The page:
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Healthcare marketing trends: Three potential game changers we’re watching

My smart colleagues from around the industry pack my RSS reader with hundreds of trends and insights every week. Of everything we’re talking and tweeting about right now, three things stand out to me as potential game changers in how we market to healthcare providers and people like us:

Apple dominates physician mobile views: iQ is often asked for research about what kind of smart phones docs are carrying – Blackberry? Android? Apple? Our client teams want to know what platforms to invest in (for native apps, text messaging formats, etc.) Maybe we were asking the wrong question. It may not matter what phone they’re carrying if they’re not using it to access mobile content. Bulletin Healthcare delivers daily email briefings to more than 550,000 healthcare providers, including more than 400,000 physicians (all opt in subscribers). They recently released some data about how those HCPs use mobile to access their content. The big news: 90% of mobile opens of their briefings occur on iPhone and iPad. Android got 6%. And, Blackberry/RIM barely registered. The analysis also showed that mobile consumption of medical news climbed by 45% between June and February. The result is that almost three in 10 healthcare professionals now access the daily medical information contained in their briefings on mobile platforms, while seven in 10 continue to use traditional desktop platforms. Read more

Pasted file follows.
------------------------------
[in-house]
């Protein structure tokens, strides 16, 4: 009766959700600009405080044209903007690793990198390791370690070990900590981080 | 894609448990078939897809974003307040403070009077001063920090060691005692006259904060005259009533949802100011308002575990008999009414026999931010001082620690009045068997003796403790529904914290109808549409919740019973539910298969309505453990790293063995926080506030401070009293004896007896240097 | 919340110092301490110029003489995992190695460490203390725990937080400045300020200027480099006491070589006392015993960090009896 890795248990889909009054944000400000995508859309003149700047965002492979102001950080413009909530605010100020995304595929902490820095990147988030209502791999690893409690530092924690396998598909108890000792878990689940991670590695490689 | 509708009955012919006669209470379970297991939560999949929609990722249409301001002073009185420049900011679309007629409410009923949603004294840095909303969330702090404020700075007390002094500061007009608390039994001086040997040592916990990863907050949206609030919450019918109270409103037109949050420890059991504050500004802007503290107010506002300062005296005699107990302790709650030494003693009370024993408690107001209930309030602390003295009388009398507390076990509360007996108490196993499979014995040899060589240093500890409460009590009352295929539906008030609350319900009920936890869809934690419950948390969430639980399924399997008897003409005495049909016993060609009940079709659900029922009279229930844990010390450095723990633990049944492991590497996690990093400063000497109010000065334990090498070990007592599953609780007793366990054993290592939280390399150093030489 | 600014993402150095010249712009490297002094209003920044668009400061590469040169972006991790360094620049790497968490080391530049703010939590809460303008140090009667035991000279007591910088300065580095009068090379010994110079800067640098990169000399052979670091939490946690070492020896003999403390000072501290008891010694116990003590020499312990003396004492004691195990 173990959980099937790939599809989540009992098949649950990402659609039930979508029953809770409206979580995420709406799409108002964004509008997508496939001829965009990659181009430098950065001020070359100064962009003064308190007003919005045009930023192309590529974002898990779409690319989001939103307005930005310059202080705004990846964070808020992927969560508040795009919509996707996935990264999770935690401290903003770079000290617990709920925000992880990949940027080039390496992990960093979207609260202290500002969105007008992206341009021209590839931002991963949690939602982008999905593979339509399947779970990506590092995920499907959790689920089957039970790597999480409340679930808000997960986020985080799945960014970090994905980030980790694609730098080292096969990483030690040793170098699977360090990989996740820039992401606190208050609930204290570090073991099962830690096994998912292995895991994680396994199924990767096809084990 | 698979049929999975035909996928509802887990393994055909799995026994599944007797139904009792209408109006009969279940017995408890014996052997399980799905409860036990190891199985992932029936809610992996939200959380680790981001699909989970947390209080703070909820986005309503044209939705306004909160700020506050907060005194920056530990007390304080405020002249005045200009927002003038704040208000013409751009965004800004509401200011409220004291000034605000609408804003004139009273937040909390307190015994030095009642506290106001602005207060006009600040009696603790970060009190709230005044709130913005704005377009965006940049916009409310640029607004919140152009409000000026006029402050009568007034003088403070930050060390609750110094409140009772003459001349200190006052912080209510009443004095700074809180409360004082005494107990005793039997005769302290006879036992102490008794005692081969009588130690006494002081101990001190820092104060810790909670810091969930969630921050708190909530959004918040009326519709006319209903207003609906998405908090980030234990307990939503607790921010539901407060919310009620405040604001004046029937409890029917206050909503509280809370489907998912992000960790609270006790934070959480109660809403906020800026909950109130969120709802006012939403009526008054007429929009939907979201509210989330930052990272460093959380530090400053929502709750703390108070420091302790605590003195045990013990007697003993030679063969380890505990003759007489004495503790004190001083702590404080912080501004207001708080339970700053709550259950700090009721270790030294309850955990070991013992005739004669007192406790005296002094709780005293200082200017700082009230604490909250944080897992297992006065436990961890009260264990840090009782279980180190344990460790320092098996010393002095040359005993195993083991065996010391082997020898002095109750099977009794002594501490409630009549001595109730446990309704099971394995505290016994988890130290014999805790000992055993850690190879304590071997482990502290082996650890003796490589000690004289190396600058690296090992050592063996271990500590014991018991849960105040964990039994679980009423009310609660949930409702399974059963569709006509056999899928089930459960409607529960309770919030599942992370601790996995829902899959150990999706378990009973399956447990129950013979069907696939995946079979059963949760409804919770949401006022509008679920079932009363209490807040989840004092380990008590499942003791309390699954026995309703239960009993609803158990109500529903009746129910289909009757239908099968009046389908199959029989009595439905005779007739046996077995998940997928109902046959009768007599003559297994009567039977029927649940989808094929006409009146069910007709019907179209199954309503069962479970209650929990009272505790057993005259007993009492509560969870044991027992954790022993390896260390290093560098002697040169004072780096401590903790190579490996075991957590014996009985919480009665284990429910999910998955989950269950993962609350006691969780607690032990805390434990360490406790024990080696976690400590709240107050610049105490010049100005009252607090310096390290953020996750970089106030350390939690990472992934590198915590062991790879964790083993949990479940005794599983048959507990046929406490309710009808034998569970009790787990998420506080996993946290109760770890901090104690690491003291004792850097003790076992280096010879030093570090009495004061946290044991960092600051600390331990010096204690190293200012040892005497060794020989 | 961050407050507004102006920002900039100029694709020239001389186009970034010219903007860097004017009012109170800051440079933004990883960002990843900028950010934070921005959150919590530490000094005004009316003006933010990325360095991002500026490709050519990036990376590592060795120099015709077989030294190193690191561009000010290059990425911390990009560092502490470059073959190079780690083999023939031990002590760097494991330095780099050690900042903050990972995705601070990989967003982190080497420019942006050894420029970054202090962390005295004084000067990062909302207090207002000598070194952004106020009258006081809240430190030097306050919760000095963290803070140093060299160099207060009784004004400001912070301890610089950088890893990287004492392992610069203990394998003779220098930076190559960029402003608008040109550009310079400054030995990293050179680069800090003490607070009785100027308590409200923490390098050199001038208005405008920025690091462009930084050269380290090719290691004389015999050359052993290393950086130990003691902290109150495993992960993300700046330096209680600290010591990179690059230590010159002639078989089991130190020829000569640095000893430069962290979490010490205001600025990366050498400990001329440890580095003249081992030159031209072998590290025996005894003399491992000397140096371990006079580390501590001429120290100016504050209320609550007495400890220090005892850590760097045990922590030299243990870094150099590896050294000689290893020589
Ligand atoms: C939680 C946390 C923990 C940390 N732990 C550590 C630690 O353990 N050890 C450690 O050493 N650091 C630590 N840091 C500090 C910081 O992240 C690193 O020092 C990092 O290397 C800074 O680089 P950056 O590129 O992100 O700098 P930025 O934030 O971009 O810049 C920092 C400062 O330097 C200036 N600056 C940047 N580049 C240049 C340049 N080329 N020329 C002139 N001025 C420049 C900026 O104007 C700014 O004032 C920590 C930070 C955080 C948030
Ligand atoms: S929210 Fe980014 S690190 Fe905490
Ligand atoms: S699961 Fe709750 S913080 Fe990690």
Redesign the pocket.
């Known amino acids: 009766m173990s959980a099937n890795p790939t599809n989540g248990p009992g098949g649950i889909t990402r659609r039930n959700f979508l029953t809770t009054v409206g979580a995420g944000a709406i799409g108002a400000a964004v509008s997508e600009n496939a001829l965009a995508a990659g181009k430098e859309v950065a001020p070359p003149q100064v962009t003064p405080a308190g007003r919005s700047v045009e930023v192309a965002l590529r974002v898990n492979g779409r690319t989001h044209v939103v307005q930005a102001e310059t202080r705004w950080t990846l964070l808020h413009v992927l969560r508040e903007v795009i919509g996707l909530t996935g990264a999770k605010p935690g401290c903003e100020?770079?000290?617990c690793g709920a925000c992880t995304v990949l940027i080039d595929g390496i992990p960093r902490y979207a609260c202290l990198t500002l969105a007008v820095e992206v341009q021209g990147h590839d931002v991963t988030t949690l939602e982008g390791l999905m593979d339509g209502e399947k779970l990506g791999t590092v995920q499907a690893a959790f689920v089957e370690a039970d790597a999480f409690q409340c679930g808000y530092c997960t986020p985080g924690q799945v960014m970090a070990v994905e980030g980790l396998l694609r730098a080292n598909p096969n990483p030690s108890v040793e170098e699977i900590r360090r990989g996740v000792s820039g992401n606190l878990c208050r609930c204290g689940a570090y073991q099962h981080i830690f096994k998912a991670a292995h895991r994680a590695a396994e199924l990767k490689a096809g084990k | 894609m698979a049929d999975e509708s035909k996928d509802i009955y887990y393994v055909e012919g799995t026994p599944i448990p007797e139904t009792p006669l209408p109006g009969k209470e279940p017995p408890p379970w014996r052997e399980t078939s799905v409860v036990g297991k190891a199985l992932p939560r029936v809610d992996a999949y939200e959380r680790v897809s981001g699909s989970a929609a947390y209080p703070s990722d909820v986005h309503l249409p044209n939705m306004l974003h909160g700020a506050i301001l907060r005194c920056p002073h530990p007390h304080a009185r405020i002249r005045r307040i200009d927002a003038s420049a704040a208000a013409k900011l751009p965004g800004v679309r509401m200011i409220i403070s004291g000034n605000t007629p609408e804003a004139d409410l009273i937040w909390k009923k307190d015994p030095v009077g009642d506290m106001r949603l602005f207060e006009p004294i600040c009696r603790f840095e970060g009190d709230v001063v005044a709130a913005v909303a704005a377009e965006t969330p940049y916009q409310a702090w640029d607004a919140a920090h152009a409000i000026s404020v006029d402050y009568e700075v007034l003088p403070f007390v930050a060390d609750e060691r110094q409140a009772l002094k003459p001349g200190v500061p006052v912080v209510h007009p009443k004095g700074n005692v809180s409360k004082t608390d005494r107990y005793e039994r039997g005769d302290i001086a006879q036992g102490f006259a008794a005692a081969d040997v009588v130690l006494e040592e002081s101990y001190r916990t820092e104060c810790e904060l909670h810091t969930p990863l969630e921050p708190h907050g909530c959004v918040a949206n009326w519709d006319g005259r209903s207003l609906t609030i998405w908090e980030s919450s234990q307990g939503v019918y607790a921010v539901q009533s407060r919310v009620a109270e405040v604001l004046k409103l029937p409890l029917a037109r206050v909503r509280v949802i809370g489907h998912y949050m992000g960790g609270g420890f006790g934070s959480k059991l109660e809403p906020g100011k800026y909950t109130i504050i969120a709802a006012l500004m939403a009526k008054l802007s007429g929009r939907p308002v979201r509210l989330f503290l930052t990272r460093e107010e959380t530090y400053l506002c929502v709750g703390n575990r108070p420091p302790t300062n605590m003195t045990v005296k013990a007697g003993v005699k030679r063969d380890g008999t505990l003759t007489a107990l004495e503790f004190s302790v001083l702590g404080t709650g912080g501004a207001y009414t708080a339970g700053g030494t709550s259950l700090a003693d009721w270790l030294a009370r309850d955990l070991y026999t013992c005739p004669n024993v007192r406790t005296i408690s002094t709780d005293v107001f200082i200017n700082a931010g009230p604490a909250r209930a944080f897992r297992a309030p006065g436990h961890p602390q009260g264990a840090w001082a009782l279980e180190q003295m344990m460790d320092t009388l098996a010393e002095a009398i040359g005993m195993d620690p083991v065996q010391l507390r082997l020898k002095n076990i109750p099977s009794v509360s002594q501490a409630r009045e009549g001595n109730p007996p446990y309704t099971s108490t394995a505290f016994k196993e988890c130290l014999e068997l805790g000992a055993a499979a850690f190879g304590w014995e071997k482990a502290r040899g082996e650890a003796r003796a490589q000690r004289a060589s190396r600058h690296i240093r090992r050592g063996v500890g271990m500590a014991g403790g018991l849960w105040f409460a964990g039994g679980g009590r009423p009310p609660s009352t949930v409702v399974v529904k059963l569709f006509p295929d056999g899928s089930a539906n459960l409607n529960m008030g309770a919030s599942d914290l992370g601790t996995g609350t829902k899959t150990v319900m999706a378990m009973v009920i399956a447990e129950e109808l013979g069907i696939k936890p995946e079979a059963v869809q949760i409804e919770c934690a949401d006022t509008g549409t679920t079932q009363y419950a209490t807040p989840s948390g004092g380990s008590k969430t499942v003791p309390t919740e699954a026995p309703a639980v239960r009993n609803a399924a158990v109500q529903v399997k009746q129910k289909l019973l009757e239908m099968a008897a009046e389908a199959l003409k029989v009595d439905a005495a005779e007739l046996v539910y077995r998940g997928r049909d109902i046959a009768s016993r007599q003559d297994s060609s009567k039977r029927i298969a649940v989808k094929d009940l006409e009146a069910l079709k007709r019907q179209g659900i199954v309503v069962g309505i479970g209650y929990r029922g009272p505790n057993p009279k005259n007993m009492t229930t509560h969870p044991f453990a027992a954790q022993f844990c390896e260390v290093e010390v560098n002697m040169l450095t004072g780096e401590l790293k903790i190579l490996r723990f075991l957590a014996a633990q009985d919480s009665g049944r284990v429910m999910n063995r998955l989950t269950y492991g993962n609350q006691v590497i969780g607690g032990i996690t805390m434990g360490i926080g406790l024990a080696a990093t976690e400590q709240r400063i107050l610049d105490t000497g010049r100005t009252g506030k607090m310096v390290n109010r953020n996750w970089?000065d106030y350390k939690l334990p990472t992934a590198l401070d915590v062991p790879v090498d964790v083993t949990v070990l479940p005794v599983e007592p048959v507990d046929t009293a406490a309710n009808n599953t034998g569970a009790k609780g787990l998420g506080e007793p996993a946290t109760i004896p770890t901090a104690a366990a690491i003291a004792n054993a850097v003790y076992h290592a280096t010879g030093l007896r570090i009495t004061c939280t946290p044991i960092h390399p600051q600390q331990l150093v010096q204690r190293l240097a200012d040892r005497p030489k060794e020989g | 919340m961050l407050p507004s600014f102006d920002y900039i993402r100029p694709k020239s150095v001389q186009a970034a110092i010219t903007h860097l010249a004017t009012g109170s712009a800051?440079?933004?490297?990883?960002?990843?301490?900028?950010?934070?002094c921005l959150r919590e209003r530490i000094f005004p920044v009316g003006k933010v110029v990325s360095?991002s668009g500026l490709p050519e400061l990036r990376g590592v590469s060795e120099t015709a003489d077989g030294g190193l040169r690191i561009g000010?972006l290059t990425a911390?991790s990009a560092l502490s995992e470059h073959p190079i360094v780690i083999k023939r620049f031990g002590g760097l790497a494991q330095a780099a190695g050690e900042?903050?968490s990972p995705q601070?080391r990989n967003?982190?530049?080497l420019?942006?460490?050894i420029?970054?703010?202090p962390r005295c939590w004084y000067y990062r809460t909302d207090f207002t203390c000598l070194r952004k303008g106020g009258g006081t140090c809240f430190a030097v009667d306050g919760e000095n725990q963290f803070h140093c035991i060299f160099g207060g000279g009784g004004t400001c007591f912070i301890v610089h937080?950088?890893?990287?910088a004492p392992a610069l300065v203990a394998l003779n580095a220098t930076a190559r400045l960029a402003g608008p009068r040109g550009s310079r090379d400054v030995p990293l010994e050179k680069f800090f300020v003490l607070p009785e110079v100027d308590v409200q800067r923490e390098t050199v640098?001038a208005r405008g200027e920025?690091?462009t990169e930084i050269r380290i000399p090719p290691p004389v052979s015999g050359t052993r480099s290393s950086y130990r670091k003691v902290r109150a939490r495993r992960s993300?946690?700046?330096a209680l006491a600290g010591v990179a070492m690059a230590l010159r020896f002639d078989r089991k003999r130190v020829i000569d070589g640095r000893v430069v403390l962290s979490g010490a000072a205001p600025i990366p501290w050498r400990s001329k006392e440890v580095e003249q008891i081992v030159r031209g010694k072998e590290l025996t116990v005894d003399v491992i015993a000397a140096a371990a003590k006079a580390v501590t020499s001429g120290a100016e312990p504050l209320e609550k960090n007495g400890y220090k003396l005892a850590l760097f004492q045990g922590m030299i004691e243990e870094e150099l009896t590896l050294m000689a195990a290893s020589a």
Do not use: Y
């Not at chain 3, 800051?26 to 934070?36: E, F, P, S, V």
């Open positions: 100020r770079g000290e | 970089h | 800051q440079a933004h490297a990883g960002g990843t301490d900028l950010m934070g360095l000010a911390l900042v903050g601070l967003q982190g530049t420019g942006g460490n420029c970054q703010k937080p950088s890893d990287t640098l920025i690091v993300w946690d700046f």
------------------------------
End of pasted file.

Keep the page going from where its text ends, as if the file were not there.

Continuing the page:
There’s big money behind a mobile physician-to-physician community: The founders of Epocrates (arguably the digital brand physicians trust most) recently secured $10.8 million in venture capital from Emergence Capital Partners and InterWest Partners to continue to develop Doximity, a secure physician community accessed primarily via a mobile app. This is a huge development for marketers who’ve been relying on the reach of Sermo. Epocrates has unequaled reach into the physician community with its medical reference content and its apps are already among the most downloaded and consistently referenced. Doximity could potentially leverage that audience to quickly grow from its current 7000 to hundreds of thousands.

In addition to being optimized for mobile interactions, Doximity is also real time and NOT anonymous. If Doximity chooses to create listening packages for advertisers, we’ll have an unprecedented view into who the true digital KOLs really are. However, much of the content and context will be private – Doximity supports very specific expert search as well as private text and MMS messaging. Sermo killer? Or really tricked out yellow pages? Read more

Kinect SDK could open the door to the next big thing in UX: This is a fantastic one – Earlier this month, Microsoft released a software development kit for its motion-controlled gaming system Kinect. That means third parties (like us) will be able to develop games and experiences that work on Kinect. You can imagine how this could reinvent how we think about UX. Today, most of the experience revolution is happening on the touch screen (in the apps and tools we’re developing of iPads and other slates.) Kinect opens up the potential of creating motion-based interfaces that connect with real-world human behavior. There’s big potential here because this is a hugely popular system/experience for consumers. After launching in November 2010 on the Xbox, Kinect became the fastest selling electronics device ever – eclipsing the iPad in units sold. It also looks like Microsoft is increasingly moving toward integrating Kinect with its core Windows operating system, which could bring Kinect-style functionality to the office and the exam room Read more. If you’re interested in this dynamic of reaching people where they really spend time (in the living room), don’t miss Jonathan Richman’s post on What Healthcare Educators Can Learn from John Madden – really good stuff

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